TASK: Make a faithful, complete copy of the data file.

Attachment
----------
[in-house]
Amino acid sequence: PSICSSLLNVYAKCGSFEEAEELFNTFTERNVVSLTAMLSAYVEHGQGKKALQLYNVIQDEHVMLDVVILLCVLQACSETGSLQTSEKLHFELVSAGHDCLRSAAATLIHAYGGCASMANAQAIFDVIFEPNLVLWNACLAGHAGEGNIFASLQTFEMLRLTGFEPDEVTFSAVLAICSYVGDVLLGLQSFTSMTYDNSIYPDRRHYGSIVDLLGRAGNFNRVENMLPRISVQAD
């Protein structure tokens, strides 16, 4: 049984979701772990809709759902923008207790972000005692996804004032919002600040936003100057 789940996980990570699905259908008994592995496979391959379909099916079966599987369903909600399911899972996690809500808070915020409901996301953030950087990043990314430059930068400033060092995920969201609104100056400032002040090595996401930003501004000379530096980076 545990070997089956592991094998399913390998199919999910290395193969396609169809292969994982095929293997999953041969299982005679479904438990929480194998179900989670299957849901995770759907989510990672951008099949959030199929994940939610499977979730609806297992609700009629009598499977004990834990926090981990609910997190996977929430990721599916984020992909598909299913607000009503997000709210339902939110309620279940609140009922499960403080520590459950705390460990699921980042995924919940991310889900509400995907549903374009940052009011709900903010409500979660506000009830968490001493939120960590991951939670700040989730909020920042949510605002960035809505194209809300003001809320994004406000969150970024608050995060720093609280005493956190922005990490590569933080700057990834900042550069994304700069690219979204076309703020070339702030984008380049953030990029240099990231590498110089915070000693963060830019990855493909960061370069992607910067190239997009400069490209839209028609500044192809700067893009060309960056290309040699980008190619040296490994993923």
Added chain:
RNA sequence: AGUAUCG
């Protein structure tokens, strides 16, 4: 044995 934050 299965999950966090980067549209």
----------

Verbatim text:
[in-house]
Amino acid sequence: PSICSSLLNVYAKCGSFEEAEELFNTFTERNVVSLTAMLSAYVEHGQGKKALQLYNVIQDEHVMLDVVILLCVLQACSETGSLQTSEKLHFELVSAGHDCLRSAAATLIHAYGGCASMANAQAIFDVIFEPNLVLWNACLAGHAGEGNIFASLQTFEMLRLTGFEPDEVTFSAVLAICSYVGDVLLGLQSFTSMTYDNSIYPDRRHYGSIVDLLGRAGNFNRVENMLPRISVQAD
């Protein structure tokens, strides 16, 4: 049984979701772990809709759902923008207790972000005692996804004032919002600040936003100057 789940996980990570699905259908008994592995496979391959379909099916079966599987369903909600399911899972996690809500808070915020409901996301953030950087990043990314430059930068400033060092995920969201609104100056400032002040090595996401930003501004000379530096980076 545990070997089956592991094998399913390998199919999910290395193969396609169809292969994982095929293997999953041969299982005679479904438990929480194998179900989670299957849901995770759907989510990672951008099949959030199929994940939610499977979730609806297992609700009629009598499977004990834990926090981990609910997190996977929430990721599916984020992909598909299913607000009503997000709210339902939110309620279940609140009922499960403080520590459950705390460990699921980042995924919940991310889900509400995907549903374009940052009011709900903010409500979660506000009830968490001493939120960590991951939670700040989730909020920042949510605002960035809505194209809300003001809320994004406000969150970024608050995060720093609280005493956190922005990490590569933080700057990834900042550069994304700069690219979204076309703020070339702030984008380049953030990029240099990231590498110089915070000693963060830019990855493909960061370069992607910067190239997009400069490209839209028609500044192809700067893009060309960056290309040699980008190619040296490994993923």
Added chain:
RNA sequence: AGUAUCG
């Protein structure tokens, strides 16, 4: 044995 934050 299965999950966090980067549209």